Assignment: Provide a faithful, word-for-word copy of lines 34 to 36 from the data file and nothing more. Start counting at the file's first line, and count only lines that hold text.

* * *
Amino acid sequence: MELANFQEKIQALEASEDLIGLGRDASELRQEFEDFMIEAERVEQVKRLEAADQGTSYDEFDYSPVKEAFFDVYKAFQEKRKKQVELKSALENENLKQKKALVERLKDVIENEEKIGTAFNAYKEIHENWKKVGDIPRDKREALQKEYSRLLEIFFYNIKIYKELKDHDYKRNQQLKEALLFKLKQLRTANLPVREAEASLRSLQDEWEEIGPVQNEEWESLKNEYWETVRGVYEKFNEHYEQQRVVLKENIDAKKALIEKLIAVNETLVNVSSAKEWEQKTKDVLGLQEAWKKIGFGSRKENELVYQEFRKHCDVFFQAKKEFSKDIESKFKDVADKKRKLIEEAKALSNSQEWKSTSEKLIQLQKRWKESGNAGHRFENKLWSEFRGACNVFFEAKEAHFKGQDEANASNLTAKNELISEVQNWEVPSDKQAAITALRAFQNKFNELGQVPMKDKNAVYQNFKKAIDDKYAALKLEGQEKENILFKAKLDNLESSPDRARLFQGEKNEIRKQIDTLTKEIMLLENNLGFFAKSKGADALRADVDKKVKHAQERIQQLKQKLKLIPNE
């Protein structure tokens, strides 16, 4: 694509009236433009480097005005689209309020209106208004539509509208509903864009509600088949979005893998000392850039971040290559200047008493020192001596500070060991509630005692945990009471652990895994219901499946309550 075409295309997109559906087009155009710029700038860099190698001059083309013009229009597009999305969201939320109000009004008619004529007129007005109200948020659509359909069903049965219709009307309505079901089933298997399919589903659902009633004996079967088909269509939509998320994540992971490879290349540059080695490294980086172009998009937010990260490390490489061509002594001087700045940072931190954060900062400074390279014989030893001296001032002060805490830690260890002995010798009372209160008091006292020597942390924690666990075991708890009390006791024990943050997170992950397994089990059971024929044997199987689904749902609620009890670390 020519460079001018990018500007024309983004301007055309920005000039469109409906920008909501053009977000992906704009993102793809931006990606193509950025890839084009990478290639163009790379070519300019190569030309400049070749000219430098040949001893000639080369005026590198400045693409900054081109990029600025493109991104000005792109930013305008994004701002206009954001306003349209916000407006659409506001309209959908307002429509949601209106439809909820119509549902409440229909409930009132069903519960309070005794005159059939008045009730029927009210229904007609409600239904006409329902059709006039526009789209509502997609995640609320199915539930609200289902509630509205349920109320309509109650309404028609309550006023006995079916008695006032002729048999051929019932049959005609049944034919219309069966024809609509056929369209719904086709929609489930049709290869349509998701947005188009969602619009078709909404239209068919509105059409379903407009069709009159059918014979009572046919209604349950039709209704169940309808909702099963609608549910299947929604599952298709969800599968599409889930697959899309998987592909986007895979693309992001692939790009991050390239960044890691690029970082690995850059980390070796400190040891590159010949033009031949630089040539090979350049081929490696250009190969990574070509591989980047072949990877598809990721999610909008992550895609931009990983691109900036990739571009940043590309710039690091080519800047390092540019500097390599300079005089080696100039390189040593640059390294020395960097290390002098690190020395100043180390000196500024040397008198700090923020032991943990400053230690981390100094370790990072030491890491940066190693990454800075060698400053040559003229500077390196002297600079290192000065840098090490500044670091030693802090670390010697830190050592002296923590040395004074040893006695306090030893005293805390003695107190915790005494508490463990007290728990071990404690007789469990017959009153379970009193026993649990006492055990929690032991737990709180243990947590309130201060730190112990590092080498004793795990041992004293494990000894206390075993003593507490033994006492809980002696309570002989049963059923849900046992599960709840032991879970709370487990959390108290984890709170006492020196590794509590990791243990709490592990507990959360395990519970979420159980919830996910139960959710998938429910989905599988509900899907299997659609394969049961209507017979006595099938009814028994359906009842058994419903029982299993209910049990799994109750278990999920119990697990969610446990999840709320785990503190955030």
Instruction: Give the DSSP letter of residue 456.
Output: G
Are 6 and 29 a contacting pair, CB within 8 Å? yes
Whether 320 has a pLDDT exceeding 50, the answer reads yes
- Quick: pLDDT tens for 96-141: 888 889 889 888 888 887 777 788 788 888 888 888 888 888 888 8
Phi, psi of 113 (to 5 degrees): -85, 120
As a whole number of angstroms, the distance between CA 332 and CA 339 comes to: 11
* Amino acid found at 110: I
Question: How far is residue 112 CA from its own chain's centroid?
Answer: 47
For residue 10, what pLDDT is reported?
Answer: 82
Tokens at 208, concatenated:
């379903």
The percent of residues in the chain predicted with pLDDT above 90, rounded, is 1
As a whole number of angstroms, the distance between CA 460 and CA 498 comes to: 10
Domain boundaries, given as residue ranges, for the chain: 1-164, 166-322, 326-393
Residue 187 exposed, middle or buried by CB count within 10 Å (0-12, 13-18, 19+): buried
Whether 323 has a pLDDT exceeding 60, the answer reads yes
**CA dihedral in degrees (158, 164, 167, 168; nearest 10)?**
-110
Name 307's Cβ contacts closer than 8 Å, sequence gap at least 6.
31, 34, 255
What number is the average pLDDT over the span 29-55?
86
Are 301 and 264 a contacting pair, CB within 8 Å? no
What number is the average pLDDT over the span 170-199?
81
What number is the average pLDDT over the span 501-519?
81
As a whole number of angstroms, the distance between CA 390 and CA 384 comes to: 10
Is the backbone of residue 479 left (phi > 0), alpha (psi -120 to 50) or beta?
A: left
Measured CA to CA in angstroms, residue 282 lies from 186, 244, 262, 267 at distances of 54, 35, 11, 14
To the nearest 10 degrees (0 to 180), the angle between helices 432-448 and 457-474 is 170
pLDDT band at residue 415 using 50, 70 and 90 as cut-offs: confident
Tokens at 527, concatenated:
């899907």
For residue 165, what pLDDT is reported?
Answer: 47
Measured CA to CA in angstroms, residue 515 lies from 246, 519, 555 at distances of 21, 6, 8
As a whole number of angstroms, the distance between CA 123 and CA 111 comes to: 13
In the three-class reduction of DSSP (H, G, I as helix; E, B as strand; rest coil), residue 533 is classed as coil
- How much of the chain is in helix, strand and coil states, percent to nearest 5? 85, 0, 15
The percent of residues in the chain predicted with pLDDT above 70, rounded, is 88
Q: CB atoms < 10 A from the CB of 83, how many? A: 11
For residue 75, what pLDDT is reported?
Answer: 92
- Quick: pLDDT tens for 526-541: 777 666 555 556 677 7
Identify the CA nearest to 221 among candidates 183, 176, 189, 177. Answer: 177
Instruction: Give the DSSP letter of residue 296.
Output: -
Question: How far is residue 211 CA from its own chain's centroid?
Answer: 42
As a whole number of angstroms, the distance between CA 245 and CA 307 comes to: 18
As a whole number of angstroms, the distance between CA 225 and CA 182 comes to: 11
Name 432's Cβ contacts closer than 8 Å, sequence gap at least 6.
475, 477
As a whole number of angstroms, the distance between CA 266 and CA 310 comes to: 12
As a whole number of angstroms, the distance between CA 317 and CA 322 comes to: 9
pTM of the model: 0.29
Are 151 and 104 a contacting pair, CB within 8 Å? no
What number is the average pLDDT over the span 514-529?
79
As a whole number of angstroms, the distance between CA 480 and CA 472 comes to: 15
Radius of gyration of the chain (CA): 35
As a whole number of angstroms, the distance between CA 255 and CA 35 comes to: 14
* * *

Is the backbone of residue 479 left (phi > 0), alpha (psi -120 to 50) or beta?
A: left
Measured CA to CA in angstroms, residue 282 lies from 186, 244, 262, 267 at distances of 54, 35, 11, 14